Potential effects of global sporting events
In September 2014, the British Chamber of Commerce in Japan (BCCJ) hosted a ceremony to mark the signing of a Memorandum of Understanding between the Japan National Tourism Organization (JNTO) and VisitBritain for the mutual exchange of experience and information in the field of tourism.
The development of tourism in Japan has the potential to make a significant contribution to economic growth, and will be crucial in maximising the opportunities related to the global sporting events to be hosted here in 2019, 2020 and 2021: the Rugby World Cup, the Olympic and Paralympic Games, and the Kansai World Masters Games.
It was, therefore, a great honour to welcome JNTO President Ryoichi Matsuyama back to the BCCJ on 9 June to discuss the strategies underlying the rapid increase in inbound tourist numbers, and JNTO’s plans for the future.
Insight from new tourism report
This positive outlook is also documented in a recent 2015 report by the World Economic Forum that ranks Japan ninth in the world for tourism competitiveness.
It will come as no surprise that Japan’s fine performance is underpinned by its outstanding treatment of customers, for which the report ranks Japan number one in the world.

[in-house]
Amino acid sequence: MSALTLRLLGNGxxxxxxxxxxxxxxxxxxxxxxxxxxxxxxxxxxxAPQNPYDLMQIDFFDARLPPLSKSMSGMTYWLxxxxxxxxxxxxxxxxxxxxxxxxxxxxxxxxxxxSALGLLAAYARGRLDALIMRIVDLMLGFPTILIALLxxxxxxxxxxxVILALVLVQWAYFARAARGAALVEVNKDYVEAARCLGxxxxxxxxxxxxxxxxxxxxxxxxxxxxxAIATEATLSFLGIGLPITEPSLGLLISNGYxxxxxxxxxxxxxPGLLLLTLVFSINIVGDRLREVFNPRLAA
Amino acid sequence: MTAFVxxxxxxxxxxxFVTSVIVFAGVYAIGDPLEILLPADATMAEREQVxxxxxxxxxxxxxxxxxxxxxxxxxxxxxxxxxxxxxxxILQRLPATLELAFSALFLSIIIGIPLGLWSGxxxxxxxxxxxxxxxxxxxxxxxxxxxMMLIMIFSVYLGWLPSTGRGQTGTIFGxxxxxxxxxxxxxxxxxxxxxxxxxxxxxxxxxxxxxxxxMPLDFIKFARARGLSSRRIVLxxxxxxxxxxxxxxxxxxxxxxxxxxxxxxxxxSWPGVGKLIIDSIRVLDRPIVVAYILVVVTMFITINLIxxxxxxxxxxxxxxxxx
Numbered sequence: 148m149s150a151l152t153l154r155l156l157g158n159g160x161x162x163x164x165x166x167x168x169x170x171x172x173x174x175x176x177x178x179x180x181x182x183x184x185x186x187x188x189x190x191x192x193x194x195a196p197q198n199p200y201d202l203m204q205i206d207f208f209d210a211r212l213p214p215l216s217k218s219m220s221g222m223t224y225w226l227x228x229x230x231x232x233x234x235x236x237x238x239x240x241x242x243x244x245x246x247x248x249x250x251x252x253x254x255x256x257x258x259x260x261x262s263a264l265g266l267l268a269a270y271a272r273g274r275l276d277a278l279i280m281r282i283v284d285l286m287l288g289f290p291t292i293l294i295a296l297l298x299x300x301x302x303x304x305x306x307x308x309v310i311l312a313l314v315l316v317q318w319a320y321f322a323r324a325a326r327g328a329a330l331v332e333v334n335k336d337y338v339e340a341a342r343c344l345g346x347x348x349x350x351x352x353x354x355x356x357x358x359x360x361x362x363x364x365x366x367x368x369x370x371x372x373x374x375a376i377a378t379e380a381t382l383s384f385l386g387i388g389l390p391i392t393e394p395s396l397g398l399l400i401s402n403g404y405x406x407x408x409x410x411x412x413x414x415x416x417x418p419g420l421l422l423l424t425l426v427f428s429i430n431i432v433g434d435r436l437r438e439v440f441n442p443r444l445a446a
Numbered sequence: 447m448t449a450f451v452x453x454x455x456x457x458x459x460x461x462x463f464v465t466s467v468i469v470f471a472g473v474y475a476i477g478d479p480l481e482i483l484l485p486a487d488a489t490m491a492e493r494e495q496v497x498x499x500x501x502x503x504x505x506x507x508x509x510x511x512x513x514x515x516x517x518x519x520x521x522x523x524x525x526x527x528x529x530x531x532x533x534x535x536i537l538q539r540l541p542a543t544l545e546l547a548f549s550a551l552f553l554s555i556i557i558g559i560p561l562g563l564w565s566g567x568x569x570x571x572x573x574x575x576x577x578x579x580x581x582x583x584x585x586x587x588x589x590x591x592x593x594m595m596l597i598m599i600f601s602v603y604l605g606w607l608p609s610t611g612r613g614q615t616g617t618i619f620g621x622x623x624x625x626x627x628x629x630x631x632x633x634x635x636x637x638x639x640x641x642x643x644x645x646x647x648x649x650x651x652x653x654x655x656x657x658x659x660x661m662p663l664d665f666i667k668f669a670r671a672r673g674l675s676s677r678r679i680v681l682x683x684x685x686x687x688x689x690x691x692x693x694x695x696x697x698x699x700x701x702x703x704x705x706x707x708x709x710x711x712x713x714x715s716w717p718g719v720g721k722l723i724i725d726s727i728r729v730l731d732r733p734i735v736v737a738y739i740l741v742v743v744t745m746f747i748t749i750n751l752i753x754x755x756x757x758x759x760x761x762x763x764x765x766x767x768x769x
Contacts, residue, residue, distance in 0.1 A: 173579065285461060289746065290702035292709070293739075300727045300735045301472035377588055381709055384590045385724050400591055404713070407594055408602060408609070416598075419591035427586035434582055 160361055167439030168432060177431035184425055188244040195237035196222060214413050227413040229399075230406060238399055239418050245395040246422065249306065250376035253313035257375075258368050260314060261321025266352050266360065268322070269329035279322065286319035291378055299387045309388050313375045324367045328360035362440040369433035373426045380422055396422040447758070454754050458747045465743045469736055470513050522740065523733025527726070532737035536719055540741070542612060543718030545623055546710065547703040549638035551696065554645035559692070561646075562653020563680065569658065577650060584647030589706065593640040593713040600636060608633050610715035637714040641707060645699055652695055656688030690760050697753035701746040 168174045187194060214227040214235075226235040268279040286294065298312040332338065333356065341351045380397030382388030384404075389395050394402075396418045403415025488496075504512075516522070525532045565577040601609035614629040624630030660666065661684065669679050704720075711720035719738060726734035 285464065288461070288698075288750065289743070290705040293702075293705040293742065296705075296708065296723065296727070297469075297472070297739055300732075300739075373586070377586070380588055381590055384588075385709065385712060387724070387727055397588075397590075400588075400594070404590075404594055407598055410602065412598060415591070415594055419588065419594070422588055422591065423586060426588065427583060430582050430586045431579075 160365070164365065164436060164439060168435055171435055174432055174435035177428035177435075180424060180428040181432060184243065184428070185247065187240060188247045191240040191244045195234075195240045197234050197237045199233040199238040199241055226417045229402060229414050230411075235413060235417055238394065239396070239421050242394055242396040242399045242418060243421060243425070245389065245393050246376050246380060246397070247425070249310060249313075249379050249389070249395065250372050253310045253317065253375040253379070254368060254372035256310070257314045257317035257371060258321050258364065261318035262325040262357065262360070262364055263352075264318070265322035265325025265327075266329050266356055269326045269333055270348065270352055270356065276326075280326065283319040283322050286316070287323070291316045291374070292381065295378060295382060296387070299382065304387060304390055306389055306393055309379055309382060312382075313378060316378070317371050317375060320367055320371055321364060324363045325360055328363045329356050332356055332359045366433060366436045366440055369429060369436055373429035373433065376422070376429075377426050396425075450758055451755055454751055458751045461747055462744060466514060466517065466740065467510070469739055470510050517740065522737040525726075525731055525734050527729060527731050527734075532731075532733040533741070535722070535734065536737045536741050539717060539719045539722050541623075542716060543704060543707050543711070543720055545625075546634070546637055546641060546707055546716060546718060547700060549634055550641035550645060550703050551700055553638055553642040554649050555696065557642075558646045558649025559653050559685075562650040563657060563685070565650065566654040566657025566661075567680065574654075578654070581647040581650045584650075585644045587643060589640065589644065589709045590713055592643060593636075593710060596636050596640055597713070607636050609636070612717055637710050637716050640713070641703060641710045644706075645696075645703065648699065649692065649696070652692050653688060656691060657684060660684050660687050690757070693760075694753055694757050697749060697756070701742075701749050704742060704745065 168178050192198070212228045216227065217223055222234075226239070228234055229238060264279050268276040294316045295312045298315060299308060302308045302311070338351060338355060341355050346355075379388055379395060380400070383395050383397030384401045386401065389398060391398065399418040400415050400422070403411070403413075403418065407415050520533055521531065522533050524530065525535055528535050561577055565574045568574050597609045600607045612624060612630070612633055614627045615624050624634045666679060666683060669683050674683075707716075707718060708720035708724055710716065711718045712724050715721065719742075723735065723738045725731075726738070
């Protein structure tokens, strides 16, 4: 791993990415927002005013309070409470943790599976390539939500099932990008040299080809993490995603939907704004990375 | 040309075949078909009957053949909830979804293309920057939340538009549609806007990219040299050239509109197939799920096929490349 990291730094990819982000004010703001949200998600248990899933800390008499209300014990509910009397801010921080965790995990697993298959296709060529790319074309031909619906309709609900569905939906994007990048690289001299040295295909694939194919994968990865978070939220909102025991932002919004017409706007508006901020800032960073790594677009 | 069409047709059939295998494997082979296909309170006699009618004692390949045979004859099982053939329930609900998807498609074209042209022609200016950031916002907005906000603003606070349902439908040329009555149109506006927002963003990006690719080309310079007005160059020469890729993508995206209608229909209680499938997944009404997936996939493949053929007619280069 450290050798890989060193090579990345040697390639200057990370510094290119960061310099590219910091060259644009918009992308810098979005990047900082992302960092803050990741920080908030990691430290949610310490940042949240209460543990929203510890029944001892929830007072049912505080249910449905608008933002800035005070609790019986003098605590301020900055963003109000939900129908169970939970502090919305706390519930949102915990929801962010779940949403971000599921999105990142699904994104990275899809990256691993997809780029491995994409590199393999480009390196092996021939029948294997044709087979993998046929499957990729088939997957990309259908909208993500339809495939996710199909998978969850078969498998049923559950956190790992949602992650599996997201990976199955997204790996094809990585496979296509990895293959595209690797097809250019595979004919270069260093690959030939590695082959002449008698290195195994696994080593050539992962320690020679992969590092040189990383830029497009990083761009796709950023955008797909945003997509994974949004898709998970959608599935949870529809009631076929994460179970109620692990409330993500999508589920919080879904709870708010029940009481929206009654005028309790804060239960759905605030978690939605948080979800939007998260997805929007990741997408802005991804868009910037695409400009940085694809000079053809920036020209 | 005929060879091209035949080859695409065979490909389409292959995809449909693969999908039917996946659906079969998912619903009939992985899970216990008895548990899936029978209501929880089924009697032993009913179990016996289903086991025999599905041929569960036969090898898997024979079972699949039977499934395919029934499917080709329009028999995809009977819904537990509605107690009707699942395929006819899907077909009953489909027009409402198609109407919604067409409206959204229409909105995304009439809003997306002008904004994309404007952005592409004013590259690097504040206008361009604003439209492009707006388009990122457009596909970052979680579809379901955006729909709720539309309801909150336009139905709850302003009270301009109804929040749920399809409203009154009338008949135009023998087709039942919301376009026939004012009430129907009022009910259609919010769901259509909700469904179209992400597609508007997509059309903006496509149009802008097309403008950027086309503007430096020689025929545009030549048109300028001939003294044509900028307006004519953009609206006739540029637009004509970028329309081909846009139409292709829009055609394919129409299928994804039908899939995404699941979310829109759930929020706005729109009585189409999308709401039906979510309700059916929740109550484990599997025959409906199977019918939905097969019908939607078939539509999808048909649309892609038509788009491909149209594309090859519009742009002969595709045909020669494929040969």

Other familiar strengths include Japan’s rich cultural resources, “unique cultural heritage”, and efficient ground and air transport infrastructure.
An area where the country performs less well, however, is “tourist service infrastructure”.
This metric measures factors such as the availability of ATMs that accept Visa cards, and the presence of major car rental firms. In practice, however, any negative impact from a dearth of major car rental operations is perhaps more than offset by the country’s excellent system of public transport!
Past the post
The Knights in White Lycra have so far raised almost ¥6.2mn from their recent 500km cycle ride from Tokyo to Minamisanriku, Miyagi Prefecture, in support of projects in the Tohoku region.
Congratulations to all those involved—including two stalwarts from the BCCJ Executive Committee, Graham Davis and Richard Thornley.
Lend your support
According to Paul Dolan, professor of behavioural science at the London School of Economics and Political Science, helping someone else is one of five ways to be immediately happier.
So, if you are looking for that feel good factor, visit the Community pages of the BCCJ website. There you will find details of our Books for Smiles programme, which supports young people leaving social welfare facilities in Japan.
Also featured is a speech contest organised this month by our project partner, not-for-profit organisation Bridge for Smiles. The contest stars participants of the Canayell programme, which supports young people leaving care to graduate from colleges and universities.
Buy a ticket, be inspired by the dreams of the young people—and feel good about yourself.